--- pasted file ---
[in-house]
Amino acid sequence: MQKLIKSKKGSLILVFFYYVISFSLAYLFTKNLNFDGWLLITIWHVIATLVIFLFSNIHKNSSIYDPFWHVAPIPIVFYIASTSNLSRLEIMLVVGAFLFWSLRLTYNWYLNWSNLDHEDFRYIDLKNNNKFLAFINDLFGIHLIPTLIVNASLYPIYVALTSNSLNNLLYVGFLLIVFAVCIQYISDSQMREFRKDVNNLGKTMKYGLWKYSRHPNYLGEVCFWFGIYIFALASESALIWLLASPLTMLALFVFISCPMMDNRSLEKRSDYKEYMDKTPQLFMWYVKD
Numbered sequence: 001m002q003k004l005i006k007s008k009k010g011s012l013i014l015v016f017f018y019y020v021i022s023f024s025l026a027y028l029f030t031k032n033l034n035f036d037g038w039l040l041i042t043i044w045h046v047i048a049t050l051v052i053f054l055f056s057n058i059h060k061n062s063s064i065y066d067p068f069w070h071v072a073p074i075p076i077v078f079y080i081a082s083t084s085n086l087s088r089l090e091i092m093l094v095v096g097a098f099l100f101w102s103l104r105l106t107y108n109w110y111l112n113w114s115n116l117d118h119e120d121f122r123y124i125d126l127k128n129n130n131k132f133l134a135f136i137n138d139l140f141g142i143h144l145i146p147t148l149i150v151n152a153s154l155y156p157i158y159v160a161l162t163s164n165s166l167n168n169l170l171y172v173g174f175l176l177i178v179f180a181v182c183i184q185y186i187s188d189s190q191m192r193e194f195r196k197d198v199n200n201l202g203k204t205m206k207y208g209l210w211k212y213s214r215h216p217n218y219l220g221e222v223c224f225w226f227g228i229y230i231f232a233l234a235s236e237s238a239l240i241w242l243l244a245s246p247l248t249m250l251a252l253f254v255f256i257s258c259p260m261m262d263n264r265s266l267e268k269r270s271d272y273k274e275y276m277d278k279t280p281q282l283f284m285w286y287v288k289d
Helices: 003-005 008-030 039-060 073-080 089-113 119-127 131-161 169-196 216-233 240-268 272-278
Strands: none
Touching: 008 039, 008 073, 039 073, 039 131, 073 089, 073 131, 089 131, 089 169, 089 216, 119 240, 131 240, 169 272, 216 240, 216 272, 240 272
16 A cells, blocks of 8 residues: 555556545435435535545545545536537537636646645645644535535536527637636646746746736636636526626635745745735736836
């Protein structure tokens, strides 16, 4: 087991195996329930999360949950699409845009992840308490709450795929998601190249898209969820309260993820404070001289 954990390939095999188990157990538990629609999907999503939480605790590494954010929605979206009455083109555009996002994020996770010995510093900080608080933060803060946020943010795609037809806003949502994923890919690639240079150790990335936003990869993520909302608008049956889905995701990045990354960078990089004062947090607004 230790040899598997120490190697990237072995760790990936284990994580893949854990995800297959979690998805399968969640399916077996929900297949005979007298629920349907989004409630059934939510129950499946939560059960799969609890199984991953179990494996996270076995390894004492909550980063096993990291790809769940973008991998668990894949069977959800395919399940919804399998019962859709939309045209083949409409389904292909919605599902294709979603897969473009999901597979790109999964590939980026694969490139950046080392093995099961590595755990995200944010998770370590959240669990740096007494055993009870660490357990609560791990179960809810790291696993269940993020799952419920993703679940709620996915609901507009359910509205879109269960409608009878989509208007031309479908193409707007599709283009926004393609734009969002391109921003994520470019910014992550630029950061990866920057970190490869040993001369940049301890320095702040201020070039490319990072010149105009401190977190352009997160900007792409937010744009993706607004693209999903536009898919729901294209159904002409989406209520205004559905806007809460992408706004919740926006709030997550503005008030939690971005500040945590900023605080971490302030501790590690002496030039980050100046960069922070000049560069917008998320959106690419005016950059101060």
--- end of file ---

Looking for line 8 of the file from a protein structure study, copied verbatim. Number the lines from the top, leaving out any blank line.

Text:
């Protein structure tokens, strides 16, 4: 087991195996329930999360949950699409845009992840308490709450795929998601190249898209969820309260993820404070001289 954990390939095999188990157990538990629609999907999503939480605790590494954010929605979206009455083109555009996002994020996770010995510093900080608080933060803060946020943010795609037809806003949502994923890919690639240079150790990335936003990869993520909302608008049956889905995701990045990354960078990089004062947090607004 230790040899598997120490190697990237072995760790990936284990994580893949854990995800297959979690998805399968969640399916077996929900297949005979007298629920349907989004409630059934939510129950499946939560059960799969609890199984991953179990494996996270076995390894004492909550980063096993990291790809769940973008991998668990894949069977959800395919399940919804399998019962859709939309045209083949409409389904292909919605599902294709979603897969473009999901597979790109999964590939980026694969490139950046080392093995099961590595755990995200944010998770370590959240669990740096007494055993009870660490357990609560791990179960809810790291696993269940993020799952419920993703679940709620996915609901507009359910509205879109269960409608009878989509208007031309479908193409707007599709283009926004393609734009969002391109921003994520470019910014992550630029950061990866920057970190490869040993001369940049301890320095702040201020070039490319990072010149105009401190977190352009997160900007792409937010744009993706607004693209999903536009898919729901294209159904002409989406209520205004559905806007809460992408706004919740926006709030997550503005008030939690971005500040945590900023605080971490302030501790590690002496030039980050100046960069922070000049560069917008998320959106690419005016950059101060």